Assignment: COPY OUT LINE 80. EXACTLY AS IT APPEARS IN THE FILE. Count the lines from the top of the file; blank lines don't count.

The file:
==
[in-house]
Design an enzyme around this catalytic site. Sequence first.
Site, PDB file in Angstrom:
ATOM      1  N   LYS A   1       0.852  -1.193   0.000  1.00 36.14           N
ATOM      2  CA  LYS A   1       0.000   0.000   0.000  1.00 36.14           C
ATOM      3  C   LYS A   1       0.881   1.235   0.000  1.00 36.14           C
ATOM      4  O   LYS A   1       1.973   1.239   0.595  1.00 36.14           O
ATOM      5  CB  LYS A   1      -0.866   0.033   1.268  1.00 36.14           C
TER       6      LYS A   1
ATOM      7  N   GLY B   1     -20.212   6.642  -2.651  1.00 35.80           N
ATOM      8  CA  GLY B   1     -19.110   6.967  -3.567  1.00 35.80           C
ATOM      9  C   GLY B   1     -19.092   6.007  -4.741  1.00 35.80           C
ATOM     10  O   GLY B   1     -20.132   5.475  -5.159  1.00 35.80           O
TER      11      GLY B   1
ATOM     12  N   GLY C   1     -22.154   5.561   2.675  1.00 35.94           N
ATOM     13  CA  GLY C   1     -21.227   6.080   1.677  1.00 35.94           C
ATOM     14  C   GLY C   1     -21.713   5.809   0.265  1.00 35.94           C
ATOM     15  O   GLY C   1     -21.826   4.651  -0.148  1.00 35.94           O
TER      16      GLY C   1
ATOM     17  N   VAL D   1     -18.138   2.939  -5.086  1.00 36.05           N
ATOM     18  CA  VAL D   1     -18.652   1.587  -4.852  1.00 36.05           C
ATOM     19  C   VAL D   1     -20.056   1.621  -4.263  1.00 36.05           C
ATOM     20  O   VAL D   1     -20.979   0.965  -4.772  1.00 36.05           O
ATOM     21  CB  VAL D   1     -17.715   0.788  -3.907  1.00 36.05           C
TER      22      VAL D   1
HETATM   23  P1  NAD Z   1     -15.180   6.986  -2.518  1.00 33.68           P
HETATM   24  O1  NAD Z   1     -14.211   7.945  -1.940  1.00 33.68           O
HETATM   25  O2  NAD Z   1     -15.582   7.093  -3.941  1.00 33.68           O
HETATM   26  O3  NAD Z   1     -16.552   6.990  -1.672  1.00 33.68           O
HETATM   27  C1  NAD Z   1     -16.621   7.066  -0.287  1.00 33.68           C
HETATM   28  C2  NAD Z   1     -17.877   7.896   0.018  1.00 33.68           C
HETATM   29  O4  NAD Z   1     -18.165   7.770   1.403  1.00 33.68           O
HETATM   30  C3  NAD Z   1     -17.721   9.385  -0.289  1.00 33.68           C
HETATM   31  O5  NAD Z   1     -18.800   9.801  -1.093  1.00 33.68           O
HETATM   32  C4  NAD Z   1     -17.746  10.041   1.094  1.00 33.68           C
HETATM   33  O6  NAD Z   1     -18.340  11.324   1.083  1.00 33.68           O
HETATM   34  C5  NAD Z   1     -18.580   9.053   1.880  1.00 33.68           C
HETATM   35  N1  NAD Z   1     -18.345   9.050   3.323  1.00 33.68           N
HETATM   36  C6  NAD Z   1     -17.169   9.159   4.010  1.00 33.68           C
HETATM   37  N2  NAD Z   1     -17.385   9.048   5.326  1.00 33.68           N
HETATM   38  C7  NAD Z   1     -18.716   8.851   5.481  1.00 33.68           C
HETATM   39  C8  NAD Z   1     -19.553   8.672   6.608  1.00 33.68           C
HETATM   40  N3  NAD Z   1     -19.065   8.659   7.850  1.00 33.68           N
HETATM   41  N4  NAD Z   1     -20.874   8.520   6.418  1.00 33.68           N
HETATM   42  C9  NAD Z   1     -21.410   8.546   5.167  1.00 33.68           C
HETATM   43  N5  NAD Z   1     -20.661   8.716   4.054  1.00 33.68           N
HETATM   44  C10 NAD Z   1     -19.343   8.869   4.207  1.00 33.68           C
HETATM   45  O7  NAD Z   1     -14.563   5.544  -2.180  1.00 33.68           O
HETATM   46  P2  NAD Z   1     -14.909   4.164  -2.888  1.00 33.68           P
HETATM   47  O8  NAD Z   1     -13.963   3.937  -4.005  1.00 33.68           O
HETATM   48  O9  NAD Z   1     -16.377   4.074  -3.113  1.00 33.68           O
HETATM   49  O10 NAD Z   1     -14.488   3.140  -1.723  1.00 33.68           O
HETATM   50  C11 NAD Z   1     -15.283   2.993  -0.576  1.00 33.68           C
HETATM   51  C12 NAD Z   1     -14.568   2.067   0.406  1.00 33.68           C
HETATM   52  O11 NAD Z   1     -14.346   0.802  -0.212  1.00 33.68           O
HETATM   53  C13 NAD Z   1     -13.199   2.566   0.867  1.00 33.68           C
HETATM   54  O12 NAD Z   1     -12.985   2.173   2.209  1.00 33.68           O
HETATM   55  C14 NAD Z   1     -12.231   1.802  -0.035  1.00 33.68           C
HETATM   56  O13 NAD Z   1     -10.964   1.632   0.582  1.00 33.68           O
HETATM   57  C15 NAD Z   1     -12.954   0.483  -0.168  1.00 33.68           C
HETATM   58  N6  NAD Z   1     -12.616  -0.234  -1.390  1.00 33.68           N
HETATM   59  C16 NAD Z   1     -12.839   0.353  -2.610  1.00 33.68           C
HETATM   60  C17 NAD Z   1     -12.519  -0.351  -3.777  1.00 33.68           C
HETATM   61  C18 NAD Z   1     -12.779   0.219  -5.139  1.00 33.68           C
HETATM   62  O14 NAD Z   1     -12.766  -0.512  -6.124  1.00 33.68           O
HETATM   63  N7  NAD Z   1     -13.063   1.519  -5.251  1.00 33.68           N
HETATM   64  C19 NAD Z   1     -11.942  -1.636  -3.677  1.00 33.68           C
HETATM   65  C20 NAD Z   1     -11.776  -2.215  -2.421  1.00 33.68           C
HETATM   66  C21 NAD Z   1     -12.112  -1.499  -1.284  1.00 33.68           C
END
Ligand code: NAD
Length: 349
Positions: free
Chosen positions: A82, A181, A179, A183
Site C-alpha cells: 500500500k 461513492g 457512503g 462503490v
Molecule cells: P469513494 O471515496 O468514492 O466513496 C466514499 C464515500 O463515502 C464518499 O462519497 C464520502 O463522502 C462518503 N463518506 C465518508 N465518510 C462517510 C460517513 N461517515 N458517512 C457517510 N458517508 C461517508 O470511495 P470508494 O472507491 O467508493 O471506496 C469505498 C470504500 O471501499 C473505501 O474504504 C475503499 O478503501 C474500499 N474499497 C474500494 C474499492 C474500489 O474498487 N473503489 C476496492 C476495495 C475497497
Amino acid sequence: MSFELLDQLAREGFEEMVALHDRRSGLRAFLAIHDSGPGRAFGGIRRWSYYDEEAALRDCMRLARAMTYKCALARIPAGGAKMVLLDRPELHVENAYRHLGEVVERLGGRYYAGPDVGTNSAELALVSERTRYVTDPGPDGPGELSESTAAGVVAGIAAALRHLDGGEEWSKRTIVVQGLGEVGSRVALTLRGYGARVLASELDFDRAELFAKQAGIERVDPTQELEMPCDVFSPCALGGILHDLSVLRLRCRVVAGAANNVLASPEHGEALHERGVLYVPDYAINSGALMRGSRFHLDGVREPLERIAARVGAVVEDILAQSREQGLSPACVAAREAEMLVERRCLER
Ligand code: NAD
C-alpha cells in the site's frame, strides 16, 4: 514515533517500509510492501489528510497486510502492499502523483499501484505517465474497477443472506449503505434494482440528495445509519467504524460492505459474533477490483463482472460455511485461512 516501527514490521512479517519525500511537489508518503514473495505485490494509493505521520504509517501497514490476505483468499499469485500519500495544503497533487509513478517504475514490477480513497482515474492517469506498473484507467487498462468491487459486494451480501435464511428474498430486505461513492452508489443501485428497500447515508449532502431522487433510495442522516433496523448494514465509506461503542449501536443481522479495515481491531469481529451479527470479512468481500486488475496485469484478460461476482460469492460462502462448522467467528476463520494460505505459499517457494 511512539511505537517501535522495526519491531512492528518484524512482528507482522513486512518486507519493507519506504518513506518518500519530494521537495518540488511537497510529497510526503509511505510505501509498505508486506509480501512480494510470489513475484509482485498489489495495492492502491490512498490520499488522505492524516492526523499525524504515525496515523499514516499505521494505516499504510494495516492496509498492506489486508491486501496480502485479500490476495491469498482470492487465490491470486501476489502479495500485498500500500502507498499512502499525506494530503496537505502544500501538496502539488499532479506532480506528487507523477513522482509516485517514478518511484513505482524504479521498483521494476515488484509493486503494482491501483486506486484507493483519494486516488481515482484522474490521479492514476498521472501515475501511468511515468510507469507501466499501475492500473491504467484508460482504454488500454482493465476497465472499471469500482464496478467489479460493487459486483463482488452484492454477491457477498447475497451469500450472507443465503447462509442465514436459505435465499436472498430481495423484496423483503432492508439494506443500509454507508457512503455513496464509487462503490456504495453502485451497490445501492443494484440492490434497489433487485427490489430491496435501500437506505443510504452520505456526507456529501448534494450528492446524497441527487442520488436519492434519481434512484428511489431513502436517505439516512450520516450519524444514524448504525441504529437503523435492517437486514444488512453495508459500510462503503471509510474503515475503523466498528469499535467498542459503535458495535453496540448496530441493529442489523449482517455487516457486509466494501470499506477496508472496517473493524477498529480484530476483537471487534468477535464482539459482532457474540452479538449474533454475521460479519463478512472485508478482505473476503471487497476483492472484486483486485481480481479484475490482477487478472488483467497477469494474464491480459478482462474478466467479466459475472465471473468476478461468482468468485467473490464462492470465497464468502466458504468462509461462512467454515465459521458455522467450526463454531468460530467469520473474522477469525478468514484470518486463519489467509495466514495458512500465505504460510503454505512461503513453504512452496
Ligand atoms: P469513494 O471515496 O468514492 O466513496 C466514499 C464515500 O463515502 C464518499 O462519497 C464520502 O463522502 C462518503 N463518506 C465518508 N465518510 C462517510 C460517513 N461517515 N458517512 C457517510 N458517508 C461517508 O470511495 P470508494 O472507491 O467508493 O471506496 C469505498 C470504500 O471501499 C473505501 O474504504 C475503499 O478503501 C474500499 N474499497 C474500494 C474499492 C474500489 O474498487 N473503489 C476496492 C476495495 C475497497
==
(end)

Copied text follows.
Ligand atoms: P469513494 O471515496 O468514492 O466513496 C466514499 C464515500 O463515502 C464518499 O462519497 C464520502 O463522502 C462518503 N463518506 C465518508 N465518510 C462517510 C460517513 N461517515 N458517512 C457517510 N458517508 C461517508 O470511495 P470508494 O472507491 O467508493 O471506496 C469505498 C470504500 O471501499 C473505501 O474504504 C475503499 O478503501 C474500499 N474499497 C474500494 C474499492 C474500489 O474498487 N473503489 C476496492 C476495495 C475497497